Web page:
The transtasman travel bubble will not re-open until the Government is confident community transmission of the Covid-19 Delta variant is contained in Australia, the deputy prime minister said.
"The Delta variant spreads quickly and we have to be very, very cautious because of that," Grant Robertson told TVNZ's Q+A.
He said all of Australia was potentially at risk from the highly transmissible variant and that was why the entire travel bubble was paused for at least eight weeks, and not taken in a state-by-state approach.
"It's so transmissible. We've seen with Victoria ... once it gets in there it's difficult to contain.
"We need to be confident that it's contained and under control. Eight weeks gives us a window so that we can have another look at it."
Robertson said containing the virus did not mean having zero cases, but being able to "reliably predict where the cases will be", such as inside one household.
He said the Delta variant had "fundamentally changed the world's approach to Covid-19".
The Government announced it was pausing the transtasman bubble on Friday after a spike in cases across Australia and the spread of the Delta variant increased.
New Zealanders across the ditch were told they had one week to arrive home.
Mercy flights were snapped up almost immediately and sold out.
Air New Zealand said it would continue to add flights to its schedule as demand became clearer.
In New South Wales (NSW), New Zealanders can only fly from Sydney and will have to be in MIQ for 14 days.
NSW reported 163 cases yesterday, 45 of whom had already been in the community while infectious.
In Victoria, New Zealand travellers must have a negative pre-departure test and must isolated until a negative day 3 test.
Of 12 new cases in the state overnight, all were from the Delta variant and the NSW "incursion", Victoria Health Minister Martin Foley said.
(Further travel advice is at the bottom of this article.)
Robertson was still confident the transtasman travel bubble could continue, despite not all New Zealanders being vaccinated.
"We do believe it is possible to mange it in a situation where we are still vaccinating in New Zealand," he told Q+A.
"The advice we continue to get from officials is that is still manageable."
But University of Auckland medical professor Des Gorman has questioned the decision that travellers arriving back from states other than New South Wales will not need to enter managed isolation.
"This is an example of management by public relations rather than management by scientific risk," he told Newstalk ZB.
He said the Delta variant was hard to control.
"It gets ahead of contact tracing. Every time you think you got some idea of the number of people involved you find out, in fact, it's much greater than what you think."
Robertson admitted the day-to-day rollout of the vaccination programme "could be better" but remained tight-lipped on exactly what issues could have run smoother.
Just under 300,000 people in group three had been vaccinated, according to data on Tuesday - about 20 per cent. Vaccinations for the first age band in group 4 are scheduled to begin on Wednesday.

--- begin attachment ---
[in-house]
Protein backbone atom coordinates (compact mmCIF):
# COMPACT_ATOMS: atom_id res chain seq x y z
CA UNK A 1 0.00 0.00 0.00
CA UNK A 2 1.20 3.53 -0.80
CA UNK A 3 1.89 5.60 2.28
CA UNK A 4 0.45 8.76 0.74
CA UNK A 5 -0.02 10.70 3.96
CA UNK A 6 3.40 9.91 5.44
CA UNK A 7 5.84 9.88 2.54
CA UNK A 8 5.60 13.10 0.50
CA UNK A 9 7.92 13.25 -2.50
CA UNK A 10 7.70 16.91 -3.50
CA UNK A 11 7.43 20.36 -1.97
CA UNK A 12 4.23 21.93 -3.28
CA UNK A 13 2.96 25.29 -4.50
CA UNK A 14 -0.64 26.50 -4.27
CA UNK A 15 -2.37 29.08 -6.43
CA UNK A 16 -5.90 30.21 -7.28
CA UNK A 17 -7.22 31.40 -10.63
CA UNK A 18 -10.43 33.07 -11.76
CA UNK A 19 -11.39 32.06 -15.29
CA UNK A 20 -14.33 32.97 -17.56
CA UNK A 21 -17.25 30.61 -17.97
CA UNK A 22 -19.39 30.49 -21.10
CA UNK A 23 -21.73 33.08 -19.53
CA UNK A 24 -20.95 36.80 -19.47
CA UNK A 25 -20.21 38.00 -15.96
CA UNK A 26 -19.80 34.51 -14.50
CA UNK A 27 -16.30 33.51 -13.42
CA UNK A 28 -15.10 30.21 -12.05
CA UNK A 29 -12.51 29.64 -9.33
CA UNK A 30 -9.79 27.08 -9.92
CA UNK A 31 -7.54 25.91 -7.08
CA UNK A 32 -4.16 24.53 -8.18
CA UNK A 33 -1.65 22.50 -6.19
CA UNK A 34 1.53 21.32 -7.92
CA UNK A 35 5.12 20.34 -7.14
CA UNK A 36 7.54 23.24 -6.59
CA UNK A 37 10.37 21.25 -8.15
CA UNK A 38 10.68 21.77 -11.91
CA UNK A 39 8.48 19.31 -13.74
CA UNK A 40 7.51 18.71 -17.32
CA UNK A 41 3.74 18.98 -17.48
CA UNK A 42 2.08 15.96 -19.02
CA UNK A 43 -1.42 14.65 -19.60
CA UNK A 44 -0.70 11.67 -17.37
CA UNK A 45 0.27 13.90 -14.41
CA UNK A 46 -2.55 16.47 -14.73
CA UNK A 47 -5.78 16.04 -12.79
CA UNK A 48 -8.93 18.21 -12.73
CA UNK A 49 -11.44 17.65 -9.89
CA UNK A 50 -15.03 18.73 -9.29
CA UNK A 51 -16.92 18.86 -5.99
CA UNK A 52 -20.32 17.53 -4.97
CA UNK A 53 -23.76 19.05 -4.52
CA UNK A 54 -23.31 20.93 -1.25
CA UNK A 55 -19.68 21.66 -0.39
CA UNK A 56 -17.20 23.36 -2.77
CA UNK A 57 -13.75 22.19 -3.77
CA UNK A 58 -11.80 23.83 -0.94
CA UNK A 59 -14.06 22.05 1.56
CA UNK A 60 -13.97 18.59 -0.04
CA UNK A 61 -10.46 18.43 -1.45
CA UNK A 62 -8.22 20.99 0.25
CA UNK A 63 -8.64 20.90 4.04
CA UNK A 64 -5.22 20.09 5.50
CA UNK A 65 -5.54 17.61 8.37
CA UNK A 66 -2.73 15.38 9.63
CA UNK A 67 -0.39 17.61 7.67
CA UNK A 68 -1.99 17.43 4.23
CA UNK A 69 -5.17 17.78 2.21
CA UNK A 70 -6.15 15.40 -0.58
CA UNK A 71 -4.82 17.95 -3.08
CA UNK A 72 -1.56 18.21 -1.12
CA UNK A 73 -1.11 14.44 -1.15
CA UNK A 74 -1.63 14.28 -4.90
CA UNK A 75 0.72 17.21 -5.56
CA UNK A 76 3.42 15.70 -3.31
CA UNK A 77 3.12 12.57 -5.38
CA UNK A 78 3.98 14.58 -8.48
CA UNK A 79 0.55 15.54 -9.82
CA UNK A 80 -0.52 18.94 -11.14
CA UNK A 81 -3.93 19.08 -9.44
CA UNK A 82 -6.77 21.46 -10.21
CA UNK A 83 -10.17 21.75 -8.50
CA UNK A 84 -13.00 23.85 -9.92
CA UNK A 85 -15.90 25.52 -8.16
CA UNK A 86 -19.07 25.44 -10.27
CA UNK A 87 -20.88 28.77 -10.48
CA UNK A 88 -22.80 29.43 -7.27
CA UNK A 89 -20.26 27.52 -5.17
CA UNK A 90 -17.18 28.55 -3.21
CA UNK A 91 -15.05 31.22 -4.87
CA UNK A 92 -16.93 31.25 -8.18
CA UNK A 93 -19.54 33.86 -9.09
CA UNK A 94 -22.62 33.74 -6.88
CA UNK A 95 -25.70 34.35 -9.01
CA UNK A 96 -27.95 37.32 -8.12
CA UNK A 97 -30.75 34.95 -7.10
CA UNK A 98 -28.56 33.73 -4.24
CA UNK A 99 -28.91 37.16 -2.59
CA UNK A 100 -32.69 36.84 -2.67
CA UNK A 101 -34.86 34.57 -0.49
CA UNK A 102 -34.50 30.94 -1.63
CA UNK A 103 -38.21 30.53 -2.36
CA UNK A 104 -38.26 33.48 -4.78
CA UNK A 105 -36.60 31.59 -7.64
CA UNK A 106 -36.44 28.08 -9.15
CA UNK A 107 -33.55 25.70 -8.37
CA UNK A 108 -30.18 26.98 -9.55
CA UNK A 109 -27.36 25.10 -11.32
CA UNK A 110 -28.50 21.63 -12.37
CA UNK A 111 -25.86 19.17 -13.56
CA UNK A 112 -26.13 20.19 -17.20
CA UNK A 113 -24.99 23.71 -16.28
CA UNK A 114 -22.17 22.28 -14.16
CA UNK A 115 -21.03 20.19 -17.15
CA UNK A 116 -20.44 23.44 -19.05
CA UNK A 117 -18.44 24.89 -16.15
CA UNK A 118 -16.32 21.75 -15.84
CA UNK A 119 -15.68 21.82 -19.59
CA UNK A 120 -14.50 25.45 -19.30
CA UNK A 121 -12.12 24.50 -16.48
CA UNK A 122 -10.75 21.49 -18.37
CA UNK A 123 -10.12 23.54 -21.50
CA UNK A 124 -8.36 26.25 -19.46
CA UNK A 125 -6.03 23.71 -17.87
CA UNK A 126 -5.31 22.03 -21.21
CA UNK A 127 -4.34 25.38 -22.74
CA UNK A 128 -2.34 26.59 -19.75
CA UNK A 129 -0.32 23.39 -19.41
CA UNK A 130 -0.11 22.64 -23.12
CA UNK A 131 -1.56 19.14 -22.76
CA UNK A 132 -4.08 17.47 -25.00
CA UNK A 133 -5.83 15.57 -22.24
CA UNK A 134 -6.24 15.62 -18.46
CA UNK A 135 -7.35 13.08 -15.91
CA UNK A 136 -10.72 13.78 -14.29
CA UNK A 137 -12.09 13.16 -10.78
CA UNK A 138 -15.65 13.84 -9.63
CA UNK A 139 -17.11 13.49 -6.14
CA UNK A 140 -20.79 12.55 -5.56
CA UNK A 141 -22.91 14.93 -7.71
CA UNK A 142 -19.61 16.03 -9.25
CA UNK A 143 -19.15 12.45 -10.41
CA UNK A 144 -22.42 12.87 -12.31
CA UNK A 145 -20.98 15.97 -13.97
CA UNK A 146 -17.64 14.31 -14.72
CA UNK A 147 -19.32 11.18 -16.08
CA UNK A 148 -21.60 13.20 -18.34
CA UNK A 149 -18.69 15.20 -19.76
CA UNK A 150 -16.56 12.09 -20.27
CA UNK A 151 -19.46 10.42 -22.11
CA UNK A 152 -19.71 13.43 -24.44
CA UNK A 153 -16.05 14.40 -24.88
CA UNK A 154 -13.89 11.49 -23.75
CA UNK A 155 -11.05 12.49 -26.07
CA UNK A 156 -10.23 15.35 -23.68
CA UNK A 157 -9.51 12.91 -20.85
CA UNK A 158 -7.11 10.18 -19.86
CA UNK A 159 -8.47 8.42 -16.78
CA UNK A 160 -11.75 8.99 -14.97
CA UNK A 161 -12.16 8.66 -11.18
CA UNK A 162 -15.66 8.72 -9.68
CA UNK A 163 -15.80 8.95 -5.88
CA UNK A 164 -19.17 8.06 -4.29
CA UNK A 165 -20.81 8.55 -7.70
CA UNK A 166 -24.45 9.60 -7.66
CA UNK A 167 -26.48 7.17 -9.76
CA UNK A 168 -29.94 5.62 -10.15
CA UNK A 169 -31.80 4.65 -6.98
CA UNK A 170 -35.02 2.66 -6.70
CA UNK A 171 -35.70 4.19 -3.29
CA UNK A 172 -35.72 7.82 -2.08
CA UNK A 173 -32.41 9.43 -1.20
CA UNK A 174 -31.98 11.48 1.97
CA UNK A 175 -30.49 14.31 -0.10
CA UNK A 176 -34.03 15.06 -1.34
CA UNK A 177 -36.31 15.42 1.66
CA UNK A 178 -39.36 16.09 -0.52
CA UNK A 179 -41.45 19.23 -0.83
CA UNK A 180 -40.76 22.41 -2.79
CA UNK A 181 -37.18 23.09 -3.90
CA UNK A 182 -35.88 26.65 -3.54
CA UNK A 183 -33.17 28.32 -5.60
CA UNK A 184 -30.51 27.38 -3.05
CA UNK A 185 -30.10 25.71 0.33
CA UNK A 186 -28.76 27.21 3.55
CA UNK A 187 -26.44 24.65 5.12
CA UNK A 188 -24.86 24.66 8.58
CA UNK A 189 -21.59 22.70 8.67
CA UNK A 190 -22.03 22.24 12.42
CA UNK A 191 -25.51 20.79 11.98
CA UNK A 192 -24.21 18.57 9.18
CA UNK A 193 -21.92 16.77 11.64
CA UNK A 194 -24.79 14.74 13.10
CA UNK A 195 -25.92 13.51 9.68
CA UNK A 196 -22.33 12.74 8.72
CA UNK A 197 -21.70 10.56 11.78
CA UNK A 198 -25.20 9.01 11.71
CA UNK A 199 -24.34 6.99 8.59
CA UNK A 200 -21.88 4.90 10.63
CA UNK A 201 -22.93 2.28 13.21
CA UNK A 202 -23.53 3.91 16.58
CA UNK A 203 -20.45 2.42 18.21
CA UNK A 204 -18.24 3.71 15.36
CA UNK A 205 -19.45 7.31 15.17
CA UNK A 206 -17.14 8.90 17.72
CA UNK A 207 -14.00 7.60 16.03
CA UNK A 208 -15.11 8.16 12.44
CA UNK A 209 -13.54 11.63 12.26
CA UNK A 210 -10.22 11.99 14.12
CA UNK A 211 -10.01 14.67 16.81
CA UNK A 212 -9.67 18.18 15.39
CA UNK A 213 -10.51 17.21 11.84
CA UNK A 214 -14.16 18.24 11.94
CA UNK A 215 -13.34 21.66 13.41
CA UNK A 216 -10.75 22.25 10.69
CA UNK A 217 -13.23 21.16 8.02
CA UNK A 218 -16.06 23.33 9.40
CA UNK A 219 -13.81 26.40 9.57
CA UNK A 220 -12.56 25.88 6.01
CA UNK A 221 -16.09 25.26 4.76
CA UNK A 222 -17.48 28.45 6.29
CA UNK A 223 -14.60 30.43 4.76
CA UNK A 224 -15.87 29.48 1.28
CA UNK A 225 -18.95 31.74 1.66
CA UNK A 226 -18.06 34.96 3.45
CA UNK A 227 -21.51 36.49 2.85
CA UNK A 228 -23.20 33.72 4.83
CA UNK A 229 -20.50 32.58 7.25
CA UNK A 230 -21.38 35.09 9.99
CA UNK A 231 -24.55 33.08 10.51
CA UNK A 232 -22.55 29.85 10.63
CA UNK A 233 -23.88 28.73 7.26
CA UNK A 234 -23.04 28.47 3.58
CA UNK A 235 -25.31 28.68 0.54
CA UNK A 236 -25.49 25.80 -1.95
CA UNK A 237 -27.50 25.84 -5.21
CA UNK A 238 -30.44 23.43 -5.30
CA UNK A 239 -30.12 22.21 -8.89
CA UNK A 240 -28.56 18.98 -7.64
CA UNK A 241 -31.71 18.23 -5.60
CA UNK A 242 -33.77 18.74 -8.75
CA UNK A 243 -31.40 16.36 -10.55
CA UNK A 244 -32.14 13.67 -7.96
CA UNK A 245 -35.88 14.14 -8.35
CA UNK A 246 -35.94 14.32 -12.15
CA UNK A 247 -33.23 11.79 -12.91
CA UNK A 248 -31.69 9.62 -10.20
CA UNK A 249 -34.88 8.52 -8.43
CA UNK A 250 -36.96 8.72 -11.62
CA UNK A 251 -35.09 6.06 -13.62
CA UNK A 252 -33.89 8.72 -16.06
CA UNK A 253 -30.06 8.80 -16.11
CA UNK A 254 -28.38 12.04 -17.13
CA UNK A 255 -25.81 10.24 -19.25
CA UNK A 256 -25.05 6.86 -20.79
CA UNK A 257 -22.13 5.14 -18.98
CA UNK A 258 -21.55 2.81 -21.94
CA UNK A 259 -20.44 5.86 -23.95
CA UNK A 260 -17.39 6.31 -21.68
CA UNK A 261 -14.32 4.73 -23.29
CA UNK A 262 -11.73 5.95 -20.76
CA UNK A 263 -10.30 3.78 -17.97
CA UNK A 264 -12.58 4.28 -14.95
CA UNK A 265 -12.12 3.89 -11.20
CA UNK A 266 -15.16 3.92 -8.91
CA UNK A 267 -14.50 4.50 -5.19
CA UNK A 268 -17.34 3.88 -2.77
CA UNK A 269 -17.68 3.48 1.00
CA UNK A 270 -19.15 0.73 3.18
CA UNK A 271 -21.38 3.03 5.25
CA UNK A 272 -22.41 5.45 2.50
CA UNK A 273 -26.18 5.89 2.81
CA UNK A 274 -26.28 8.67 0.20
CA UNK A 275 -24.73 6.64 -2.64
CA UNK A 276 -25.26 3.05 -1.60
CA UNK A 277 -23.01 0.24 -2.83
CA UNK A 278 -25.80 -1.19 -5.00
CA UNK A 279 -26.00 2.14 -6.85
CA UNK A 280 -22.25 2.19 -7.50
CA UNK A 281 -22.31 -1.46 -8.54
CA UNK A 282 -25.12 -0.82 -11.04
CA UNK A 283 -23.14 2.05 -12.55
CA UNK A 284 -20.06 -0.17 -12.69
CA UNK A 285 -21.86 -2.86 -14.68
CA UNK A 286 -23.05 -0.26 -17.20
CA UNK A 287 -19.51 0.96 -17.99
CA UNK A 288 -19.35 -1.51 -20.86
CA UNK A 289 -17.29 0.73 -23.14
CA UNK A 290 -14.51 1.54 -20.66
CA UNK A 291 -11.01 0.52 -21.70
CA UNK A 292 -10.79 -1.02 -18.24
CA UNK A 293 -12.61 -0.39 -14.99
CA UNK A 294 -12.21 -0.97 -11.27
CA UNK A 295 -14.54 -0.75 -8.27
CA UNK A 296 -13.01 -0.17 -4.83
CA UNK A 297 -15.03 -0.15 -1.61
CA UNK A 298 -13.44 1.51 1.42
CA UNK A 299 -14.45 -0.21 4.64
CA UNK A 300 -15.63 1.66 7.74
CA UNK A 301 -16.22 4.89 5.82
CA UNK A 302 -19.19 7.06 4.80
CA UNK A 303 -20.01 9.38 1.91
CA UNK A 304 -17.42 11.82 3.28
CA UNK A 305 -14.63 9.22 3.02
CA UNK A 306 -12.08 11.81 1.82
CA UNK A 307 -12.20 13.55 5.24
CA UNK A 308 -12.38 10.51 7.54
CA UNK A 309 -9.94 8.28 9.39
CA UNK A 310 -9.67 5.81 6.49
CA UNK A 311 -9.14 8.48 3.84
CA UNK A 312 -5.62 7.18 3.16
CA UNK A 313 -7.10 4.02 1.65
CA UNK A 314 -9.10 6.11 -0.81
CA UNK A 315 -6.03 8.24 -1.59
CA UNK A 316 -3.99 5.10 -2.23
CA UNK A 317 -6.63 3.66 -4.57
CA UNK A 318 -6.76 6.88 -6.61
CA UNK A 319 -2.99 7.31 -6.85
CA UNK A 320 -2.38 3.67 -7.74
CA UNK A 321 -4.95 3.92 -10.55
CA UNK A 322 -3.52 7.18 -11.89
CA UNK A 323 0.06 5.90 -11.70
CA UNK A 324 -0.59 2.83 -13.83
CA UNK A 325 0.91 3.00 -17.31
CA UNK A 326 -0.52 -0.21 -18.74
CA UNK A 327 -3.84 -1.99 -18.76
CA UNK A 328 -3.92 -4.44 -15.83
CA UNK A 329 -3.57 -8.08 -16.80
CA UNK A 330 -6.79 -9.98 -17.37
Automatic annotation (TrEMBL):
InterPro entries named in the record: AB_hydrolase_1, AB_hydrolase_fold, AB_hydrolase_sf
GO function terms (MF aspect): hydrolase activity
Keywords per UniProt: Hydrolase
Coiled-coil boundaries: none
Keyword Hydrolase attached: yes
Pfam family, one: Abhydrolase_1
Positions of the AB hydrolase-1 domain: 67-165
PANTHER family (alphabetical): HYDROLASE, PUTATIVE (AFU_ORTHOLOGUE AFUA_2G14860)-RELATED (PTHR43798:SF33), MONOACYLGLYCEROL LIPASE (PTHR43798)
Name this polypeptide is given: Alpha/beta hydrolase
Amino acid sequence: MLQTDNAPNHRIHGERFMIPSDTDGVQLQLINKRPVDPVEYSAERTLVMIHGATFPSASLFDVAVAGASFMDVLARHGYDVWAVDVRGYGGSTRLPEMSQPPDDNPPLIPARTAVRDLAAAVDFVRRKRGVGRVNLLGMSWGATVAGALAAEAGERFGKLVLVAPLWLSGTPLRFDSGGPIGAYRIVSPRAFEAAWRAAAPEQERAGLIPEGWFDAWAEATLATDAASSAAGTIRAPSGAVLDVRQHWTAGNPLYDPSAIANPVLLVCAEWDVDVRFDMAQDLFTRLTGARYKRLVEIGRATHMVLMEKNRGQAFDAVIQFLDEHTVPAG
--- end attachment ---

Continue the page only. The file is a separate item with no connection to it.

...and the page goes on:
Robertson said the "programme is running well" and was still on track to have all New Zealanders vaccinated by the end of the year.
"The feedback from public is that it is a good process," Robertson said.
"The percentages of group three will ramp up significantly with the booking system in place."
People aged 60 and over would be able to book their vaccinations from July 28, the Ministry of Health website said.
Advice for Kiwis in Australia
Travellers from Queensland, South Australia, Tasmania, Western Australia, ACT and Norfolk Island can come home on a green flight subject to the below public health criteria:
• A negative pre-departure test, taken within 72-hours of their intended travel to New Zealand.
• Have not been in a location of interest in the past 14 days.
• Are not symptomatic at the time of travel.
• Are not a contact of a Covid-19 case.
Eligible people from Victoria or travellers from other states/territories who have been in Victoria can return provided they also:
• Adhere to lockdown measures in Victoria.
• Self-isolate upon return to New Zealand and get a test at day 3.
• Travel to the airport wearing facemasks and by safe travel, ie, not public transport.
Eligible people from New South Wales will continue to return on existing managed return flights.
Returnees on these flights will be required to enter a managed isolation facility for at least 14 days on arrival in New Zealand.
Travel on all such flights will be limited to:
• New Zealand citizens and holders of residence class visas.
• Holders of temporary visas and Australian citizens, who last departed New Zealand after April 5, 2021.
• Holders of current permanent residence visas (including a resident return visa) issued by the Government of Australia who last departed New Zealand after April 5, 2021; and relevant family members of people listed in the above categories. (Relevant family member means: a spouse, civil union partner, or de facto partner, a dependent child; or a parent of a dependent child. Parent, in relation to a dependent child, means a person on whom the child is dependent).